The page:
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4 Paths to Becoming a Millionaire


For five years, author and Certified Financial Planner™ (CFP®) Tom Corley studied the habits of 233 millionaires. He also studied habits of people in poverty to see what differences he could find and the key habits in building wealth.

Based on his Rich Habits study, Corley found that there are four typical paths people follow to become millionaires. Some of them are long shots, but there’s also one that’s accessible to most Americans.

No matter how high your financial goals are, it’s good to know what has worked for other people. Here are the four paths that Corley identified.

1. Saver-investor

The saver-investor path is a simple one: Consistently save 20% or more of your income. Contribute that money to savings and investments, including any retirement accounts and brokerage accounts you have.

This is the long road to becoming wealthy, taking an average of 32 years, but it’s also the most common. Among self-made millionaires, 49% are saver-investors. Unlike other paths, this one doesn’t require special skills or talents. It’s an option for anyone who can save (and invest) 20% of each paycheck.

Now, that’s easier said than done. But if you make it a habit, you could build quite a bit of wealth. Let’s say you’re able to invest $10,000 per year (about $833 per month). You get an 8% annual return, which is realistic based on the stock market’s average growth. After 30 years, you’d have contributed $300,000 — but your balance would be $1.22 million. 

2. Company climber

A company climber by Corley’s definition works for a big company and climbs the ladder to become a senior executive. Expanding on it a bit, this path could also include those who increase their salaries by job hopping or by working their way up to other high-paying positions. There’s more options for these out there than just senior executive jobs.

This is the second-fastest way to become a millionaire. It takes company climbers an average of 20 years to become wealthy, but it requires long hours and excellent relationship-building skills.

While the company climber path is intense, it’s usually a good idea to maximize your earning potential. Even if you’re not interested in climbing to the very top, getting the occasional raise is important to keep up with (and preferably, beat) inflation.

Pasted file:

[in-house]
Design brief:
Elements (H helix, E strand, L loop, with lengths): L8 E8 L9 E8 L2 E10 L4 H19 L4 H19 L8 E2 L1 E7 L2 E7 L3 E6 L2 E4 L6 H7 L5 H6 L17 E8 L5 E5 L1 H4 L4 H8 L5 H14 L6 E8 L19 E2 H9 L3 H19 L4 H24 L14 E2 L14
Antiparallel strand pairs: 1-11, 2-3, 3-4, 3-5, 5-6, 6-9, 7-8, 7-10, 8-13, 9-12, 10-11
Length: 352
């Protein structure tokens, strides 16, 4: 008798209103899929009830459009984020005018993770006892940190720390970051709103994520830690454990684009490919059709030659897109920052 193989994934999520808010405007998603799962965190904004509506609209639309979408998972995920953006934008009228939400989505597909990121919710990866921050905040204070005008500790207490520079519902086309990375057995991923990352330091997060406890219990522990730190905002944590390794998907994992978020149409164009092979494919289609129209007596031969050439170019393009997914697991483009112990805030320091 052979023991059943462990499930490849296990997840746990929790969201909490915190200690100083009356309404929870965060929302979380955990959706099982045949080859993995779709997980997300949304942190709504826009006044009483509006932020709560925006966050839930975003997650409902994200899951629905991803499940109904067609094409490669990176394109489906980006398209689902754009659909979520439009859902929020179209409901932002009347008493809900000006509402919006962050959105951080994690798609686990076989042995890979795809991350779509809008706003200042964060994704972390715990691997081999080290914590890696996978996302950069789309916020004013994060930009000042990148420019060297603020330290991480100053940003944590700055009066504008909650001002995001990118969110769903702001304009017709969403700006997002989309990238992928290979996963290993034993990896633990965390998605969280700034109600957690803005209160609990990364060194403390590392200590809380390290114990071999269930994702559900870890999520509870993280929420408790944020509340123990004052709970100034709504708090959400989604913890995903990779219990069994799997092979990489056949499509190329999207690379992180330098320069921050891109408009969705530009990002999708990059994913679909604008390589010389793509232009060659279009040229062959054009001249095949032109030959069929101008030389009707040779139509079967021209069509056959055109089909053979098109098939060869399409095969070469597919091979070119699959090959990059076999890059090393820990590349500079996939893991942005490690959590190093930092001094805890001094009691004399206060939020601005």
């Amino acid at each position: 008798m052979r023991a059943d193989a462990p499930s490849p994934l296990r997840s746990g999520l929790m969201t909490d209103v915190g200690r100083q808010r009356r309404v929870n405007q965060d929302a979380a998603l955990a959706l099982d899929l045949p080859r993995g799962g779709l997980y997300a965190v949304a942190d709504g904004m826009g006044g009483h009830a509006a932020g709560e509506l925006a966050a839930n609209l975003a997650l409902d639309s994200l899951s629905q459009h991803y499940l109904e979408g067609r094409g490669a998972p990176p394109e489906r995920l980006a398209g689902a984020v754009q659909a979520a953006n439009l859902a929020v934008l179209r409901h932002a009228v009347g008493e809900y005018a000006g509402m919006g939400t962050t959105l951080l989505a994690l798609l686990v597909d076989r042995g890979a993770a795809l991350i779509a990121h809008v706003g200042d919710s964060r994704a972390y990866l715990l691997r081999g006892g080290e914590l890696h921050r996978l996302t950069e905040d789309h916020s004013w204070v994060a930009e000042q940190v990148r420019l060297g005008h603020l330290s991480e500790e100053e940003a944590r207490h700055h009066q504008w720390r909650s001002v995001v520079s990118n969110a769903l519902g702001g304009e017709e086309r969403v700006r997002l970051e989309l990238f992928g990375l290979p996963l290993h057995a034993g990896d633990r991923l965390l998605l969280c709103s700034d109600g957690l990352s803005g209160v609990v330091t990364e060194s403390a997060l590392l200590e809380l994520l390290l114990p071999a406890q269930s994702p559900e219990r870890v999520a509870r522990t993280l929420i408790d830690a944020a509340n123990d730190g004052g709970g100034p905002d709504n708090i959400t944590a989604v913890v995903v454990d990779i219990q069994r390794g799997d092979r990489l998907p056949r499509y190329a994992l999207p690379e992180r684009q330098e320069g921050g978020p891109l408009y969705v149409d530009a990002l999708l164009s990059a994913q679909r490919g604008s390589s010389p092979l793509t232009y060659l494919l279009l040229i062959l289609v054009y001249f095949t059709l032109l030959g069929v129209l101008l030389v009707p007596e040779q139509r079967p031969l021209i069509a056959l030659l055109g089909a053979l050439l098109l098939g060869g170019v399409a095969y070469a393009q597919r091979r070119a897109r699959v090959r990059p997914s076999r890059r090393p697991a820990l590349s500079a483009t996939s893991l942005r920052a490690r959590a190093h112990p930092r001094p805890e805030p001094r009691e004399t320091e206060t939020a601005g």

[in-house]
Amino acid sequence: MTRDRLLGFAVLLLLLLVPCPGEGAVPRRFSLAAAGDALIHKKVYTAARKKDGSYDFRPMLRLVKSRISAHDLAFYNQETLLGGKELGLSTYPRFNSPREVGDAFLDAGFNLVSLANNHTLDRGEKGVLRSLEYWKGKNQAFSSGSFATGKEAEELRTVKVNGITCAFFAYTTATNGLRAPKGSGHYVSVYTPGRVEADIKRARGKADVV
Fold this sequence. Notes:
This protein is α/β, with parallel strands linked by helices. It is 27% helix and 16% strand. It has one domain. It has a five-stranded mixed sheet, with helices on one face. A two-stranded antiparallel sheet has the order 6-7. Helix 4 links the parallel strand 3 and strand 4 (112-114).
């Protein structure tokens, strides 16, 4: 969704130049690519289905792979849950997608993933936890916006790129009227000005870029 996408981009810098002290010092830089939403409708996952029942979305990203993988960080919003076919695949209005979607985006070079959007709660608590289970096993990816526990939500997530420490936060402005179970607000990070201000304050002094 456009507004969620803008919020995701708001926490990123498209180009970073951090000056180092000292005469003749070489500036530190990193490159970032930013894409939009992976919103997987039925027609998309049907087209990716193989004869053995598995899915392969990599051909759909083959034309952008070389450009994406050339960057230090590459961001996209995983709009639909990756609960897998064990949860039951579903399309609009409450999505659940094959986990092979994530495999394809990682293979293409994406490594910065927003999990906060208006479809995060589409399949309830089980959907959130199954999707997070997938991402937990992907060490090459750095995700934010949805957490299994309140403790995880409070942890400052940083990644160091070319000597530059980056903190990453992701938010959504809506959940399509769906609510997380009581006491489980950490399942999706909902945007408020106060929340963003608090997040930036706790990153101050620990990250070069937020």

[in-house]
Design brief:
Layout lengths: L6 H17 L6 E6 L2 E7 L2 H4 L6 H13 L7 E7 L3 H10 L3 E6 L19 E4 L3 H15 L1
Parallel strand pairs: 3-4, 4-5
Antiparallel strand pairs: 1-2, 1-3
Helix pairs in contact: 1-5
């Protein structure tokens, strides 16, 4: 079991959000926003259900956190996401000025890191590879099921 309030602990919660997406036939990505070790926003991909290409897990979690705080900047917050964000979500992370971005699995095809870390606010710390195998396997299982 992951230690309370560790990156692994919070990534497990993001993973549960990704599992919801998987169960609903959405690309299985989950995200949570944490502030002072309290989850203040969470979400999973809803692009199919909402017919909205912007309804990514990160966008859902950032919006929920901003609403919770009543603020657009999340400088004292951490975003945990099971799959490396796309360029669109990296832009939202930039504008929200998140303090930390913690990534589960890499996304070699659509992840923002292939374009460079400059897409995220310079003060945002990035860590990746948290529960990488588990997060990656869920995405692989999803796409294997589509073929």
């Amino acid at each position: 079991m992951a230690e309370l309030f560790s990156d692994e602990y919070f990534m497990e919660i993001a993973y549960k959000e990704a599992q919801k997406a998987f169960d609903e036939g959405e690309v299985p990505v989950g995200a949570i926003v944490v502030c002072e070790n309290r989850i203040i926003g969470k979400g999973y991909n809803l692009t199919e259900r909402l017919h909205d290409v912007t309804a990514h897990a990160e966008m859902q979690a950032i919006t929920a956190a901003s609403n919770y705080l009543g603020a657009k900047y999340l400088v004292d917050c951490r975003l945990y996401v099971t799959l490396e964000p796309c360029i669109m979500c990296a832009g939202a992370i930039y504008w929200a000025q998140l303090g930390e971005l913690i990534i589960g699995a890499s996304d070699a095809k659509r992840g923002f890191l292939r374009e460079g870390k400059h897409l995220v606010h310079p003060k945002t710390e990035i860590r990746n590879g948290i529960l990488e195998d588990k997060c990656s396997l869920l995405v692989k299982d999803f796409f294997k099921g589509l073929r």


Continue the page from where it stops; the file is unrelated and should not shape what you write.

3. Virtuoso

A virtuoso has advanced skills or knowledge that they use to make money. Corley divides them into knowledge-based virtuosos and skill-based virtuosos. Examples of knowledge-based virtuosos include lawyers and doctors. Skill-based virtuosos include musicians and professional athletes.

With this path, it takes an average of 21 years to become wealthy. That’s largely because of how much time it takes to develop the skills or knowledge required to be a virtuoso. It can also be a costly endeavor because of the education, coaching, or mentorship needed.

4. Dreamer-entrepreneur

The dreamer-entrepreneur path involves pursuing a dream that can be monetized. For entrepreneurs, that dream is starting a successful business.

This is the fastest path to become a millionaire. It took self-made millionaires an average of just 12 years to become wealthy this way. But it’s also arguably the riskiest and most difficult. You need a high risk tolerance, and you need to devote long hours to your dream to be successful.

Which path should you follow?

It’s important to clarify that these paths aren’t all mutually exclusive. For example, even though saver-investor is its own path, millionaires who follow the other three paths eventually save and invest, too. It just tends to take longer for virtuosos and dreamer-entrepreneurs to start doing that, because they need to build their income first before they can build their savings account balances.

Think about where your talents lie and which path is best for your personality. If you like where you work, you may want to see how high you can climb on the company ladder. If you’ve always wanted to launch your own business, then the entrepreneur path will likely be the most fulfilling. And if you don’t want a path that’s too intense or requires long hours, being a saver-investor could be the perfect fit.

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